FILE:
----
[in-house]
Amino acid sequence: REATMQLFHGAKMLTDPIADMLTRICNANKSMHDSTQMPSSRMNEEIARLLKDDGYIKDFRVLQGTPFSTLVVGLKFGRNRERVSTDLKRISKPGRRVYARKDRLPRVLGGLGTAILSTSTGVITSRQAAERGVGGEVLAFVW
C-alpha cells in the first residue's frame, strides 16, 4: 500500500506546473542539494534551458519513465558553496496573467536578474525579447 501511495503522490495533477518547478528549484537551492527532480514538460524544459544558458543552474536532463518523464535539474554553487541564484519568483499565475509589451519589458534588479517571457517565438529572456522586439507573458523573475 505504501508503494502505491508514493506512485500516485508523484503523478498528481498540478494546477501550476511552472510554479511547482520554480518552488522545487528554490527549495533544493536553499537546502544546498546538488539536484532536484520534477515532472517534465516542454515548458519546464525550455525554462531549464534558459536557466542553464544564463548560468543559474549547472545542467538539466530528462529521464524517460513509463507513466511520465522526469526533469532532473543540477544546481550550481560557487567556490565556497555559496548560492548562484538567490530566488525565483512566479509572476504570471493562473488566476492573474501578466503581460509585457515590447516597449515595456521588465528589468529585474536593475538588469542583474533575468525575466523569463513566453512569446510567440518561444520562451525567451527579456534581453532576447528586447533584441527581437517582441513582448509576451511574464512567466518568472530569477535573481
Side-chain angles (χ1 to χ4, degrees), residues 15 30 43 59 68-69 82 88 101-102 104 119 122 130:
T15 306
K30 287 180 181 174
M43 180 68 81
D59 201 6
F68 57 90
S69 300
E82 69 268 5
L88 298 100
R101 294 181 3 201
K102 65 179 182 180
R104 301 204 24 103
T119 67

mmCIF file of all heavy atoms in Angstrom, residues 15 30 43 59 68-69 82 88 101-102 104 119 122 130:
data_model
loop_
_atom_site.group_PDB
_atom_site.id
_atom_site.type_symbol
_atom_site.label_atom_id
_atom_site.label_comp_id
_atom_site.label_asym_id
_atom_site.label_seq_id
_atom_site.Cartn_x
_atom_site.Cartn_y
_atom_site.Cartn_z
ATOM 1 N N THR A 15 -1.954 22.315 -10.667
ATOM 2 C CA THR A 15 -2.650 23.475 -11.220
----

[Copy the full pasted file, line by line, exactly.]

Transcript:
[in-house]
Amino acid sequence: REATMQLFHGAKMLTDPIADMLTRICNANKSMHDSTQMPSSRMNEEIARLLKDDGYIKDFRVLQGTPFSTLVVGLKFGRNRERVSTDLKRISKPGRRVYARKDRLPRVLGGLGTAILSTSTGVITSRQAAERGVGGEVLAFVW
C-alpha cells in the first residue's frame, strides 16, 4: 500500500506546473542539494534551458519513465558553496496573467536578474525579447 501511495503522490495533477518547478528549484537551492527532480514538460524544459544558458543552474536532463518523464535539474554553487541564484519568483499565475509589451519589458534588479517571457517565438529572456522586439507573458523573475 505504501508503494502505491508514493506512485500516485508523484503523478498528481498540478494546477501550476511552472510554479511547482520554480518552488522545487528554490527549495533544493536553499537546502544546498546538488539536484532536484520534477515532472517534465516542454515548458519546464525550455525554462531549464534558459536557466542553464544564463548560468543559474549547472545542467538539466530528462529521464524517460513509463507513466511520465522526469526533469532532473543540477544546481550550481560557487567556490565556497555559496548560492548562484538567490530566488525565483512566479509572476504570471493562473488566476492573474501578466503581460509585457515590447516597449515595456521588465528589468529585474536593475538588469542583474533575468525575466523569463513566453512569446510567440518561444520562451525567451527579456534581453532576447528586447533584441527581437517582441513582448509576451511574464512567466518568472530569477535573481
Side-chain angles (χ1 to χ4, degrees), residues 15 30 43 59 68-69 82 88 101-102 104 119 122 130:
T15 306
K30 287 180 181 174
M43 180 68 81
D59 201 6
F68 57 90
S69 300
E82 69 268 5
L88 298 100
R101 294 181 3 201
K102 65 179 182 180
R104 301 204 24 103
T119 67

mmCIF file of all heavy atoms in Angstrom, residues 15 30 43 59 68-69 82 88 101-102 104 119 122 130:
data_model
loop_
_atom_site.group_PDB
_atom_site.id
_atom_site.type_symbol
_atom_site.label_atom_id
_atom_site.label_comp_id
_atom_site.label_asym_id
_atom_site.label_seq_id
_atom_site.Cartn_x
_atom_site.Cartn_y
_atom_site.Cartn_z
ATOM 1 N N THR A 15 -1.954 22.315 -10.667
ATOM 2 C CA THR A 15 -2.650 23.475 -11.220